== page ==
Hans Kennel trumpet, fluegelhorn, perussion
Andy Scherrer soprano and tenor saxophones, flute, percussion
Paul Haag trombone, percussion
Klaus Koenig piano, e-piano, percussion
Peter Frei bass
Peter Schmidlin drums, percussion
Recorded November 1 and 2, 1974 at Tonstudio Bauer, Ludwigsburg
Engineers: Martin Wieland and Carlos Albrecht
Produced by Solitron Productions, S.A.
Magog was the brainchild of trumpeter Hans Kennel, who made a name for himself in the 1960s as a hard-bop king of the Swiss jazz scene. After earning his chops with the likes of fellow countryman Bruno Spoerri and American bassist Oscar Pettiford, he continued to work with other brilliant outliers, including Mal Waldron, George Gruntz, and Pierre Favre. The band documented here arose in the mid-seventies and was something of a stepping-stone as he grew into his own as a purveyor of “New Alpine Music” (including an alphorn quartet outfit called Mytha), combining now the traditional music of his ancestors with modern jazz idioms.
As it stands, this self-titled album from the short-lived Magog is a worthy JAPO outing. There is plenty to admire in the sounds forged by Kennel and his cohorts. Reedman Andy Scherrer, trombonist Paul Haag, pianist Klaus Koenig, bassist Peter Frei, and drummer Peter Schmidlin round out a sometimes-formidable sextet in this program of as many cuts. Haag pens opener “Lock.” It’s the album’s weakest, building a loose groove from base (read: bass) elements to Kennel’s breezy adlibbing. Despite the pleasant jam aesthetic, it feels like a studio warm-up in comparison to the sprawling entity that is Scherrer’s “Gogam.” This bubbling spring promises stronger themes and realizes them with a tuck and a roll into swinging traction. The big-band-on-a-shoestring sound achieved here is remarkable, as is the steamy action between the composer and the rhythm section.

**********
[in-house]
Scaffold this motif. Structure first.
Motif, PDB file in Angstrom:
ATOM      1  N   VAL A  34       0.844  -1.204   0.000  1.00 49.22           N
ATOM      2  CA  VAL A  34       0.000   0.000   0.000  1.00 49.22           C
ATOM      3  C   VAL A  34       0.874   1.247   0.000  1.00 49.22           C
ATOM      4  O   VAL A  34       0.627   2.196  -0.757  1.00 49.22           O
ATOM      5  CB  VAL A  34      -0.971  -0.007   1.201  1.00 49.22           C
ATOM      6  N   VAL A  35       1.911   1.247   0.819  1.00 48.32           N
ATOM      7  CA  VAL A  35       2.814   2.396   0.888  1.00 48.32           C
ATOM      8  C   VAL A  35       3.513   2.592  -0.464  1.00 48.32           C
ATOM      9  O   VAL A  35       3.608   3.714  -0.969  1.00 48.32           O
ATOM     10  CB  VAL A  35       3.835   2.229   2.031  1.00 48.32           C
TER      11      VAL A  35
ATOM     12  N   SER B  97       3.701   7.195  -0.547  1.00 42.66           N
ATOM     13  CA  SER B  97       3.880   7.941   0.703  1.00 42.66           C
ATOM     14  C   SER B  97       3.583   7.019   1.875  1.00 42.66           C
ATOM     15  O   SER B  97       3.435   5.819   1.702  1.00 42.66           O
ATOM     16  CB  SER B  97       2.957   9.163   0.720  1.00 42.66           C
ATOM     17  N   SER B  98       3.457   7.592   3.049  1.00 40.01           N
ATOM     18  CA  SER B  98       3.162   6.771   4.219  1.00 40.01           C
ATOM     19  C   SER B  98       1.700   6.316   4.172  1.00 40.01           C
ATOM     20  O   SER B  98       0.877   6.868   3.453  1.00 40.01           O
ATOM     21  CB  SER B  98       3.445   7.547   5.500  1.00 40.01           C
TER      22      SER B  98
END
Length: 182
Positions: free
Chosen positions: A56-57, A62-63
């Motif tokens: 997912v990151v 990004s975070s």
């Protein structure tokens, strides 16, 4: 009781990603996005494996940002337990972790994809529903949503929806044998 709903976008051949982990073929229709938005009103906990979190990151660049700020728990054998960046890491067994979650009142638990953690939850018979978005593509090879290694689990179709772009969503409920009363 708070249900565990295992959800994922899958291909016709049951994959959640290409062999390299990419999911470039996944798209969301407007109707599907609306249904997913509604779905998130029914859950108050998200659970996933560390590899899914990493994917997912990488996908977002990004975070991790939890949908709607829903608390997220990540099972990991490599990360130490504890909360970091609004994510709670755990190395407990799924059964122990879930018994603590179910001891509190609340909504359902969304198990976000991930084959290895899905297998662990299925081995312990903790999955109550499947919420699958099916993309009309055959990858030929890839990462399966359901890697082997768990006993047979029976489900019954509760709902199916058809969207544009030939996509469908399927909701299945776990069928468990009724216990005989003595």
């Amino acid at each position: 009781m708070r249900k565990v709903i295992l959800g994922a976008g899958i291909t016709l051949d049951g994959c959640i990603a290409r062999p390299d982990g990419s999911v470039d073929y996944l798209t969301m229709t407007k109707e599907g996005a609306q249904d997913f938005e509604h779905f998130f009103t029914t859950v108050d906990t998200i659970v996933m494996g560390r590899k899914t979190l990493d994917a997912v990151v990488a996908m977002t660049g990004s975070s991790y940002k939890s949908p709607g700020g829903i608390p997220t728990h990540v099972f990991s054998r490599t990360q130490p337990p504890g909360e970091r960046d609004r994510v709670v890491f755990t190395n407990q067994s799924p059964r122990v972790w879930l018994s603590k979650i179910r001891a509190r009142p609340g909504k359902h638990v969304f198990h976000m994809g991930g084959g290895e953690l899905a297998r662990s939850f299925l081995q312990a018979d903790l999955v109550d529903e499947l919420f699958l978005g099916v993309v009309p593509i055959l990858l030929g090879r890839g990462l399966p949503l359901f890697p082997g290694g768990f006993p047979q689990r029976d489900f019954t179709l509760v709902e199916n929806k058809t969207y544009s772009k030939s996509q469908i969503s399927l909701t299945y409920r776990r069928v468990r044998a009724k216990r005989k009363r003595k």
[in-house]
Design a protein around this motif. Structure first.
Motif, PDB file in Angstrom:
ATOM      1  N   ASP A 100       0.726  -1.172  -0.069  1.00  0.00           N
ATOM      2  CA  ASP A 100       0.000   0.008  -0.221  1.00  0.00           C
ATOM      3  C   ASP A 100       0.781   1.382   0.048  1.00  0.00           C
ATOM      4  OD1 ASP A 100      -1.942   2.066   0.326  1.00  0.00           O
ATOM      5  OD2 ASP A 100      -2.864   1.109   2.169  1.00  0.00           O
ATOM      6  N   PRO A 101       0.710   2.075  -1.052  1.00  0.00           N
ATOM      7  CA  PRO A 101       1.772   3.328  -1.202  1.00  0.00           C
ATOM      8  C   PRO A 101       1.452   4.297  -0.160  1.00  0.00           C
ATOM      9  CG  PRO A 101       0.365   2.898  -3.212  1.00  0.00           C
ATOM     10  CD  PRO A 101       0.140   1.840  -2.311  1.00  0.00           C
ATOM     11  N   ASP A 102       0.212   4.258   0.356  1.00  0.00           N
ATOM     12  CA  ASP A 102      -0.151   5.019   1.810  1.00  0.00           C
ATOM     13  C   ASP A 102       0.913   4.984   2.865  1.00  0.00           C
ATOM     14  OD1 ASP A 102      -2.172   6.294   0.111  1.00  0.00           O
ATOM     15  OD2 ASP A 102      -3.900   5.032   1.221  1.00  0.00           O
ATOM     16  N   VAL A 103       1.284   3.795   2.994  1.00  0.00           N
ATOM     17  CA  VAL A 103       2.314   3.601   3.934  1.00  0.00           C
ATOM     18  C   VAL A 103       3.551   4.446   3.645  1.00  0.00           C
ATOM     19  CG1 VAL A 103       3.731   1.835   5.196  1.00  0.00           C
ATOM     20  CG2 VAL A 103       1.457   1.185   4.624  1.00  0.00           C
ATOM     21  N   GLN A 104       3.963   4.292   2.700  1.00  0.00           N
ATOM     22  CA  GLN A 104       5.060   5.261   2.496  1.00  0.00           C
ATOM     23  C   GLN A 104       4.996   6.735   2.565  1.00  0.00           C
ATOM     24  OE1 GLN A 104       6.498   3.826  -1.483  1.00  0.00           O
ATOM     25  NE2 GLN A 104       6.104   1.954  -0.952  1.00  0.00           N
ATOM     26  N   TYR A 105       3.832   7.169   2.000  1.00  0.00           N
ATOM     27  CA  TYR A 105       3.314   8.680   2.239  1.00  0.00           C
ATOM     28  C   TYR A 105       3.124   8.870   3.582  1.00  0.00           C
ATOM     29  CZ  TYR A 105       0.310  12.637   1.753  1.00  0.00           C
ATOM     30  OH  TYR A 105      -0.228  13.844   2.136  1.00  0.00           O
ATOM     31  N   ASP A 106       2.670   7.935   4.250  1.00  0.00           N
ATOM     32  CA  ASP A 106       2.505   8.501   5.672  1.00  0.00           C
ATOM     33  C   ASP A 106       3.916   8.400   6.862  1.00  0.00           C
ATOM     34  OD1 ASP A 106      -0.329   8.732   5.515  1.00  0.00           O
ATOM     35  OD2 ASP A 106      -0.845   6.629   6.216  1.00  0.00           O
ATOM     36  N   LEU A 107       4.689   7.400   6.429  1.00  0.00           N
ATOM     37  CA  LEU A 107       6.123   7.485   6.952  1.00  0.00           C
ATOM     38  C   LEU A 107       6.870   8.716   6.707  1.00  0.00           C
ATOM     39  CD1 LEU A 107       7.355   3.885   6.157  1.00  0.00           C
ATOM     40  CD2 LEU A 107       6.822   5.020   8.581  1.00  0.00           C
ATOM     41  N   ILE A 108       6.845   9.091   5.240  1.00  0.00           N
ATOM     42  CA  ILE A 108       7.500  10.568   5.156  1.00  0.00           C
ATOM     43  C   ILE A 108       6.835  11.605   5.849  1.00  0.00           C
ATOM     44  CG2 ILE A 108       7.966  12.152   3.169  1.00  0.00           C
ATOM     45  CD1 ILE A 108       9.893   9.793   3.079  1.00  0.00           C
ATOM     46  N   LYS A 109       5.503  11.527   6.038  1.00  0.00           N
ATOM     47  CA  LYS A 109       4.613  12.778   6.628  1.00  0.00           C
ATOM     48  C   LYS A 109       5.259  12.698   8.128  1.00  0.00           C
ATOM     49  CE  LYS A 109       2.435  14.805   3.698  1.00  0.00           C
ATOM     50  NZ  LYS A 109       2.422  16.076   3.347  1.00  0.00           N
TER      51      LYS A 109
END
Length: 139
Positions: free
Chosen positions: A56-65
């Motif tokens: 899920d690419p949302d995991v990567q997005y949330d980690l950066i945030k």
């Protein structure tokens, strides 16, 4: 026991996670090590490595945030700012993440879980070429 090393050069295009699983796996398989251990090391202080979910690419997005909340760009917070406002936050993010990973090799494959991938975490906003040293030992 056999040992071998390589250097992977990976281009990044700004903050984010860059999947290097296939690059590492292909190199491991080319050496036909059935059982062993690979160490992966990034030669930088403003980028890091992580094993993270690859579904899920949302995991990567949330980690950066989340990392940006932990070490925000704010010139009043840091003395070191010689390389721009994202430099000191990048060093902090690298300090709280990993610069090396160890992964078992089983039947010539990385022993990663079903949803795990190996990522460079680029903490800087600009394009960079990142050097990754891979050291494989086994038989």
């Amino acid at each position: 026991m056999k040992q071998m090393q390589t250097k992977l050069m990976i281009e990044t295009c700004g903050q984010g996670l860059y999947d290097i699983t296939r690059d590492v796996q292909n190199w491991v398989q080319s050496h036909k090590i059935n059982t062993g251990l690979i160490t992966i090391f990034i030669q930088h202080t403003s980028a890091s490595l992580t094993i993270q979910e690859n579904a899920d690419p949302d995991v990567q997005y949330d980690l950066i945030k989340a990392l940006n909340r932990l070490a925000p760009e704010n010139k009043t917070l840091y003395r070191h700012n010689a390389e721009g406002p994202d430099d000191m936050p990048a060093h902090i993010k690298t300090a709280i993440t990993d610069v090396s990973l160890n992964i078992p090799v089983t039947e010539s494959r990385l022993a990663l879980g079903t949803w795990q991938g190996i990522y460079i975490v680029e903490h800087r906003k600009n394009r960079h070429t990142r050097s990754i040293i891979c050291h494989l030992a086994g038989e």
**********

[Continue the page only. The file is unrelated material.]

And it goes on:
Koenig counters with two. Haag’s trombone is a prominent voice in “Rhoades,” threading the piano’s claustrophobic maze of needles with ease. This and Kennel’s visceral squeals, not to mention the sleepwalking bass solo, make for some inspiring journeying toward the final pop. “Der Bachstelzer” finds Koenig plugged in, providing somber introductory remarks to the smoothly paced excursion that ensues. More inspired, erratic brushwork from Kennel (whose musicianship stands a head above the others) and lithe sopranism from Scherrer lay a rough yet fluid track. The group really hits its stride, however, in the closing tunes from Kennel. Between the hauntingly atmospheric beginnings of “Summervogel,” replete with ancestral ululations, and the solid groove of “New Samba,” there is much to warrant return fare.
Magog doesn’t seem to have been afraid to test the waters on tape. Their honesty is apparent throughout and makes for a transparent listening experience. The group flicks through dreams like a Rolodex, working fingers to the bone in search of closure. Although said closure never quite materializes, it leaves us free to interpret the sounds however we choose.